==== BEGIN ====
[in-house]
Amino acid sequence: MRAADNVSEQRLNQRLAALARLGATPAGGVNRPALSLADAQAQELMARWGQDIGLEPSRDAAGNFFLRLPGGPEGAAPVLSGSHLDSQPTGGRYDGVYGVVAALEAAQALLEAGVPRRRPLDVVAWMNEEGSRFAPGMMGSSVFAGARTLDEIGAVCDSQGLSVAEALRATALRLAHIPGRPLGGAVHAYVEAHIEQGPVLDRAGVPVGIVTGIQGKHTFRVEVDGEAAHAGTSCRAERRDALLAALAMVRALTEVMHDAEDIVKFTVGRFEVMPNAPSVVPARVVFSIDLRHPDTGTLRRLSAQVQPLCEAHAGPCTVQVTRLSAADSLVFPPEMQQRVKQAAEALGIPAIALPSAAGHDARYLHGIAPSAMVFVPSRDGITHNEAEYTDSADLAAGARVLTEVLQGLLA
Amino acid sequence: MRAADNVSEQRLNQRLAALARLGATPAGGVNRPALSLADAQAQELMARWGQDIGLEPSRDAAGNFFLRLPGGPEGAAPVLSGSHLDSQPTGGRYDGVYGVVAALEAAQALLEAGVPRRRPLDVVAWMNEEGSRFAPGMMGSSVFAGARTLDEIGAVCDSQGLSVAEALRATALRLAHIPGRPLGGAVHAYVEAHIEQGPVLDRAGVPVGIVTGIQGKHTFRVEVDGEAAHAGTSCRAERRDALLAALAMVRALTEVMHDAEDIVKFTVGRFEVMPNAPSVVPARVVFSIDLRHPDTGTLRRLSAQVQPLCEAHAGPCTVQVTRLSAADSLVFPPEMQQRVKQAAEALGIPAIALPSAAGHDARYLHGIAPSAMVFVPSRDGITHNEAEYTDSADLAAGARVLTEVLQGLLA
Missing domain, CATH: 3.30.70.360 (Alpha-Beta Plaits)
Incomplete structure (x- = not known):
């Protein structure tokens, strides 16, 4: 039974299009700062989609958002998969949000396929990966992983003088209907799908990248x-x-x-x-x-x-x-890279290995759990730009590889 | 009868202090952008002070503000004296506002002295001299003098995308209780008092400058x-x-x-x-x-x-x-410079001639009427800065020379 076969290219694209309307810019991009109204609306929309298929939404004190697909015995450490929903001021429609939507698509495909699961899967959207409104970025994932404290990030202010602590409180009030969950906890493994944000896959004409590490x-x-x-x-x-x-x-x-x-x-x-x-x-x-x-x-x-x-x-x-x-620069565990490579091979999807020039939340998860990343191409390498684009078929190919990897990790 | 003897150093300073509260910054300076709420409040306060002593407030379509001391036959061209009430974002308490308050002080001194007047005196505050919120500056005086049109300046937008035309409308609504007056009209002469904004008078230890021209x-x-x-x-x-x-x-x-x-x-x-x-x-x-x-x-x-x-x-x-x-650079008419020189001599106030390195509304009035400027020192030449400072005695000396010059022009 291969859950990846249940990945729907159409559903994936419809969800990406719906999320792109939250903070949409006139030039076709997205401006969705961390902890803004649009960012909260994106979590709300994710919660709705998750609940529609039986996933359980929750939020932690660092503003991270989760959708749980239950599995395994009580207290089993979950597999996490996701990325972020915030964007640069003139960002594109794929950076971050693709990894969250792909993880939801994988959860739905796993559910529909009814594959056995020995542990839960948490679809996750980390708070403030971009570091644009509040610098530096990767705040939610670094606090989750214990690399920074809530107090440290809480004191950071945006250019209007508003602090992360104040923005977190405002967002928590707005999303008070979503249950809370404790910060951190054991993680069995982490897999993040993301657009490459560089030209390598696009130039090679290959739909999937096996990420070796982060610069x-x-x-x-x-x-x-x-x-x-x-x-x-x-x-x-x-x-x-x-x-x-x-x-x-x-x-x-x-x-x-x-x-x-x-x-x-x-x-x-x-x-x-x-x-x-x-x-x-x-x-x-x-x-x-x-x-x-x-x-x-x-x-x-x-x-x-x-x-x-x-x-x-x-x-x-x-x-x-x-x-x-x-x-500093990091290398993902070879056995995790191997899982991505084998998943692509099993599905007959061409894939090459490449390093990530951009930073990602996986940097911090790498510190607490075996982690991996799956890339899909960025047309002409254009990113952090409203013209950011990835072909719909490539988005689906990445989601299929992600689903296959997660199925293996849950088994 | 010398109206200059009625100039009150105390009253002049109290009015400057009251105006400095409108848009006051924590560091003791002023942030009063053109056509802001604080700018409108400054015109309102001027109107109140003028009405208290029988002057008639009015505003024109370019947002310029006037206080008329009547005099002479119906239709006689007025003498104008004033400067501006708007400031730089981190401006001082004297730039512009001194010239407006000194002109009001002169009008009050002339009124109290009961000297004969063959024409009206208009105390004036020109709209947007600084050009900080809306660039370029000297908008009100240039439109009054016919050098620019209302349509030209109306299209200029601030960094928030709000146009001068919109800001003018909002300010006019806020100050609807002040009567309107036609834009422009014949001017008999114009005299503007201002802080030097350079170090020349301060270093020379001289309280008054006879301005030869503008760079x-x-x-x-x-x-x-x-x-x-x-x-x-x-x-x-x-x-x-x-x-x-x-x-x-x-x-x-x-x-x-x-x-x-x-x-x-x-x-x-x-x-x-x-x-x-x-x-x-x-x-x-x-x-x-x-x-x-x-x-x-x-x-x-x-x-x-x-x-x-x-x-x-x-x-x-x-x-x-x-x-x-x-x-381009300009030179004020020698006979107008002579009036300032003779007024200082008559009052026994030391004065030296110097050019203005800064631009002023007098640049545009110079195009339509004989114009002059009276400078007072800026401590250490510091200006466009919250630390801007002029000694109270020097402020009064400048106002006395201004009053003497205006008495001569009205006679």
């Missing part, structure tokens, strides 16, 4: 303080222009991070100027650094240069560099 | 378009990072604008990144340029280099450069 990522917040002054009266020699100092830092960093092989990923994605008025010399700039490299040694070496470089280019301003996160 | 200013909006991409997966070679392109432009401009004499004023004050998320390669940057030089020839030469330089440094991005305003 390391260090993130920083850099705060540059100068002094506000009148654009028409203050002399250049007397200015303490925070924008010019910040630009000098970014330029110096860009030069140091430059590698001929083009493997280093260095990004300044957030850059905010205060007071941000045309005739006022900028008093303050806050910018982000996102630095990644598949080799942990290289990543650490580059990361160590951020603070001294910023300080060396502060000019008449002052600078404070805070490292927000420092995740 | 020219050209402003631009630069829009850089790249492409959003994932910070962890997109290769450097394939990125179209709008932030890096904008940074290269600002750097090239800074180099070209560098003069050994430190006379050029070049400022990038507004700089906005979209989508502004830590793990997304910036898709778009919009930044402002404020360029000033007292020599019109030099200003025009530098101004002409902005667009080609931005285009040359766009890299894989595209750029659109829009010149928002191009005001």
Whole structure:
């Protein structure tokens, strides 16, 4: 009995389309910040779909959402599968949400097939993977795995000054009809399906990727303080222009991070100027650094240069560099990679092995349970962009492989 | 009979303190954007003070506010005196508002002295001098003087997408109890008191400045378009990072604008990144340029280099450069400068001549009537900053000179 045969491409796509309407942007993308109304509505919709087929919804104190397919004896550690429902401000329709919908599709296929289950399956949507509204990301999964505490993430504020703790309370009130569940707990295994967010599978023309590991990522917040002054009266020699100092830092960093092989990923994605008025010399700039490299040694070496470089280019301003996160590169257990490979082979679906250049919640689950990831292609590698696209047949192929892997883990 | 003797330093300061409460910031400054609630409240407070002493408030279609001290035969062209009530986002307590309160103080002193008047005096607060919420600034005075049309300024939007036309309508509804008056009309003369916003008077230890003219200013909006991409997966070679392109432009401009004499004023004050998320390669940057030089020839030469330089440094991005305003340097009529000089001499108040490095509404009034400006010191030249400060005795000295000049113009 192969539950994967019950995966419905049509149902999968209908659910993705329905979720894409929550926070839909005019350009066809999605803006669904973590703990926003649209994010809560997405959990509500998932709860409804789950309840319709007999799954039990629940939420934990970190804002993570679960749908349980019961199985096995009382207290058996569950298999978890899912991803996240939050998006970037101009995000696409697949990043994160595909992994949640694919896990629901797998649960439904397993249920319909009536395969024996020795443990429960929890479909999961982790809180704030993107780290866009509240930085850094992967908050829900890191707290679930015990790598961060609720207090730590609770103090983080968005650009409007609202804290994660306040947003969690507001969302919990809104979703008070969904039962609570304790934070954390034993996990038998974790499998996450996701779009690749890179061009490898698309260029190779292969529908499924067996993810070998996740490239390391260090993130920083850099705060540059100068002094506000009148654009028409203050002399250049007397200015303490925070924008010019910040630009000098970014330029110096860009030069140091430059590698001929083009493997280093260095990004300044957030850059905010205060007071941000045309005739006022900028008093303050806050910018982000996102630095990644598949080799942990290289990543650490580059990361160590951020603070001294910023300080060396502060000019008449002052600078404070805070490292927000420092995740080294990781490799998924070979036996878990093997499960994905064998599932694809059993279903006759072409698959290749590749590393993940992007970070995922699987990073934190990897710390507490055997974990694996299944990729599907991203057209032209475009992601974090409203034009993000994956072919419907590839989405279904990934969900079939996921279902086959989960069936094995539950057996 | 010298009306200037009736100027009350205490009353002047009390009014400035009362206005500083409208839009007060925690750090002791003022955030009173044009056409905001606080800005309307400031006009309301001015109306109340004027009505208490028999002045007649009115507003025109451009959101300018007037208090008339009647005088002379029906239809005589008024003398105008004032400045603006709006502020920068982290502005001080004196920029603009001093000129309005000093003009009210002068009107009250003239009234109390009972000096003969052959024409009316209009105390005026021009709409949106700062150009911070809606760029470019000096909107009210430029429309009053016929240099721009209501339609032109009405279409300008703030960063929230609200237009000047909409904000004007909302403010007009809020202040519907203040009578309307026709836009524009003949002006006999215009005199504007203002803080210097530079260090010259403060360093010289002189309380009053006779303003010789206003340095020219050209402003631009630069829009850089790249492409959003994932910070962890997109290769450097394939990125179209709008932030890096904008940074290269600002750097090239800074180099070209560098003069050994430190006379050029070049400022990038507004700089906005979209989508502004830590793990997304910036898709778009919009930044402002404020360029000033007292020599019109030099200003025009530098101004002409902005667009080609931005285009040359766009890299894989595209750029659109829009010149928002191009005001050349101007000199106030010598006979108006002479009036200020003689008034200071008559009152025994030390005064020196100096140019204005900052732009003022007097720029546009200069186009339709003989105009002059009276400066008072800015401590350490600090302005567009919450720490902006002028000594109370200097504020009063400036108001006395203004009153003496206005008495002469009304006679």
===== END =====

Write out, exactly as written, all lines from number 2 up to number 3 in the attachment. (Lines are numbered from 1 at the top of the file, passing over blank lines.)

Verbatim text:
Amino acid sequence: MRAADNVSEQRLNQRLAALARLGATPAGGVNRPALSLADAQAQELMARWGQDIGLEPSRDAAGNFFLRLPGGPEGAAPVLSGSHLDSQPTGGRYDGVYGVVAALEAAQALLEAGVPRRRPLDVVAWMNEEGSRFAPGMMGSSVFAGARTLDEIGAVCDSQGLSVAEALRATALRLAHIPGRPLGGAVHAYVEAHIEQGPVLDRAGVPVGIVTGIQGKHTFRVEVDGEAAHAGTSCRAERRDALLAALAMVRALTEVMHDAEDIVKFTVGRFEVMPNAPSVVPARVVFSIDLRHPDTGTLRRLSAQVQPLCEAHAGPCTVQVTRLSAADSLVFPPEMQQRVKQAAEALGIPAIALPSAAGHDARYLHGIAPSAMVFVPSRDGITHNEAEYTDSADLAAGARVLTEVLQGLLA
Amino acid sequence: MRAADNVSEQRLNQRLAALARLGATPAGGVNRPALSLADAQAQELMARWGQDIGLEPSRDAAGNFFLRLPGGPEGAAPVLSGSHLDSQPTGGRYDGVYGVVAALEAAQALLEAGVPRRRPLDVVAWMNEEGSRFAPGMMGSSVFAGARTLDEIGAVCDSQGLSVAEALRATALRLAHIPGRPLGGAVHAYVEAHIEQGPVLDRAGVPVGIVTGIQGKHTFRVEVDGEAAHAGTSCRAERRDALLAALAMVRALTEVMHDAEDIVKFTVGRFEVMPNAPSVVPARVVFSIDLRHPDTGTLRRLSAQVQPLCEAHAGPCTVQVTRLSAADSLVFPPEMQQRVKQAAEALGIPAIALPSAAGHDARYLHGIAPSAMVFVPSRDGITHNEAEYTDSADLAAGARVLTEVLQGLLA